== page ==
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Preview: Customer Experience Matrix

Customer Experience Matrix

This is the blog of David M. Raab, marketing technology consultant and analyst. Mr. Raab is Principal at Raab Associates Inc. The blog is named for the Customer Experience Matrix, a tool to visualize marketing and operational interactions between a comp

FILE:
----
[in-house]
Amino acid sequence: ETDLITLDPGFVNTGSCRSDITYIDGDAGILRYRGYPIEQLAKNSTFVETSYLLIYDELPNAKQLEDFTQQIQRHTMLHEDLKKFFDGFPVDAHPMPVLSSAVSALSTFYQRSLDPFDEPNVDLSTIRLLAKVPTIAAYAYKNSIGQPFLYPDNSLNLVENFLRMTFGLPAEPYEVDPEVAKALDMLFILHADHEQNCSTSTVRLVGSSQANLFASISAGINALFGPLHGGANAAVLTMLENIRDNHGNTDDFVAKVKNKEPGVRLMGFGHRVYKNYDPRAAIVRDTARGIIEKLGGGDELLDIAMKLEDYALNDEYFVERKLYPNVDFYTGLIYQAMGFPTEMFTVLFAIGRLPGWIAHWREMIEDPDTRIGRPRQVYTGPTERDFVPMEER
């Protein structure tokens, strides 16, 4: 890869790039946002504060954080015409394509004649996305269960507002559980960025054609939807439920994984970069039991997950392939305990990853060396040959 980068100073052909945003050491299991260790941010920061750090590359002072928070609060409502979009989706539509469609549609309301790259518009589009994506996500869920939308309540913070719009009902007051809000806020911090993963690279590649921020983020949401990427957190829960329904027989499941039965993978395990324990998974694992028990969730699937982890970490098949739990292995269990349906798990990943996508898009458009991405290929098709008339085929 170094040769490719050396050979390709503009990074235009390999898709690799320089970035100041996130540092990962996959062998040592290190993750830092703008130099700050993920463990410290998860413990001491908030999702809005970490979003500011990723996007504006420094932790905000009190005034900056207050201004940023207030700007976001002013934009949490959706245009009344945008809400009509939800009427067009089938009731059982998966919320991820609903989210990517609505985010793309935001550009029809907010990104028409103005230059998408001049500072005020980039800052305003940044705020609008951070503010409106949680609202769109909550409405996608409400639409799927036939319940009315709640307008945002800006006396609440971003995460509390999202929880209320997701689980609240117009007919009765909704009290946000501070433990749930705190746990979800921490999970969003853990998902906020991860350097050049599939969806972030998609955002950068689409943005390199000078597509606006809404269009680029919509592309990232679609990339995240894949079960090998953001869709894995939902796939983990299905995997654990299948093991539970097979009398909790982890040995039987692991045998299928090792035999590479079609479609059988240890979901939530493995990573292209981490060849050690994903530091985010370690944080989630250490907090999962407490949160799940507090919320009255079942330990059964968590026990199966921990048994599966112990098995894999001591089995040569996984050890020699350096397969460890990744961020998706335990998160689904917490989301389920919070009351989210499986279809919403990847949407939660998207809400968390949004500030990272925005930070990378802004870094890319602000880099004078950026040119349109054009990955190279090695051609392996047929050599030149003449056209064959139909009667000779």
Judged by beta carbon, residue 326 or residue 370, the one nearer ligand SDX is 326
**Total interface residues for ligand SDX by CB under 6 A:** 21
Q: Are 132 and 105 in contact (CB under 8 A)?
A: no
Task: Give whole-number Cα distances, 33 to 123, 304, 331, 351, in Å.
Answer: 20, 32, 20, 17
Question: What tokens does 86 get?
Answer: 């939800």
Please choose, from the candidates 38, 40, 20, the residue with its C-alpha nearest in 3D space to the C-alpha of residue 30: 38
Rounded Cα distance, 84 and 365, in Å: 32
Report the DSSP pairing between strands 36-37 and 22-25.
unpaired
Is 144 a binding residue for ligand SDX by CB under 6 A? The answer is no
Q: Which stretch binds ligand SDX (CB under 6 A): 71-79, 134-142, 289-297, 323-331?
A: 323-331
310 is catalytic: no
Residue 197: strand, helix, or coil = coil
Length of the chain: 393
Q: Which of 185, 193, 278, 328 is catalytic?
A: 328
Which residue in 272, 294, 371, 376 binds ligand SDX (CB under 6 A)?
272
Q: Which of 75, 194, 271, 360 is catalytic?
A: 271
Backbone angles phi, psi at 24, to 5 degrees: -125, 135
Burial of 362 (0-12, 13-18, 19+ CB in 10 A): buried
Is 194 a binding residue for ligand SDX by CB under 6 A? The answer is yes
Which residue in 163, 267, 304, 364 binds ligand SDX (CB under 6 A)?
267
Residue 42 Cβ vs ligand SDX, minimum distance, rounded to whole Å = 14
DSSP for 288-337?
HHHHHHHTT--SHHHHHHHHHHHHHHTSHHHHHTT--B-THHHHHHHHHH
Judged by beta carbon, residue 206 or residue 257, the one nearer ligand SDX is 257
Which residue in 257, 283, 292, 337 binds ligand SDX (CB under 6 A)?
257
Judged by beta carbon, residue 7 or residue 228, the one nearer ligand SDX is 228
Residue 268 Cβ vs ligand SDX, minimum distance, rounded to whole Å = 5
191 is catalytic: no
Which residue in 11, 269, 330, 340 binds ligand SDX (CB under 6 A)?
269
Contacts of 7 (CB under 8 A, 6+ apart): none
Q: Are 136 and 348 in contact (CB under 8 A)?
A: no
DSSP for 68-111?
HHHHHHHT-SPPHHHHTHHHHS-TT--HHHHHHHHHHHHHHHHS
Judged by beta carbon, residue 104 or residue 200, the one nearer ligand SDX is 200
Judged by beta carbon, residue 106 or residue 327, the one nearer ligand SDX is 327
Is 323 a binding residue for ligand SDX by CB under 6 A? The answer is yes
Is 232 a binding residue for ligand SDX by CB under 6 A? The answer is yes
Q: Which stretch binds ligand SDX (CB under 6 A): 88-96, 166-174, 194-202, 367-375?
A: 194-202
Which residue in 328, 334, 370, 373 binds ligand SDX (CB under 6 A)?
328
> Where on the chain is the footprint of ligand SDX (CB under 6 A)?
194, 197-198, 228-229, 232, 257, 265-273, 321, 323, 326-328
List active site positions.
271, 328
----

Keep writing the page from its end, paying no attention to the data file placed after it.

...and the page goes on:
Updated: 2016-10-26T12:23:54.489-04:00 Offers A Customer Data Platform for B2B Marketers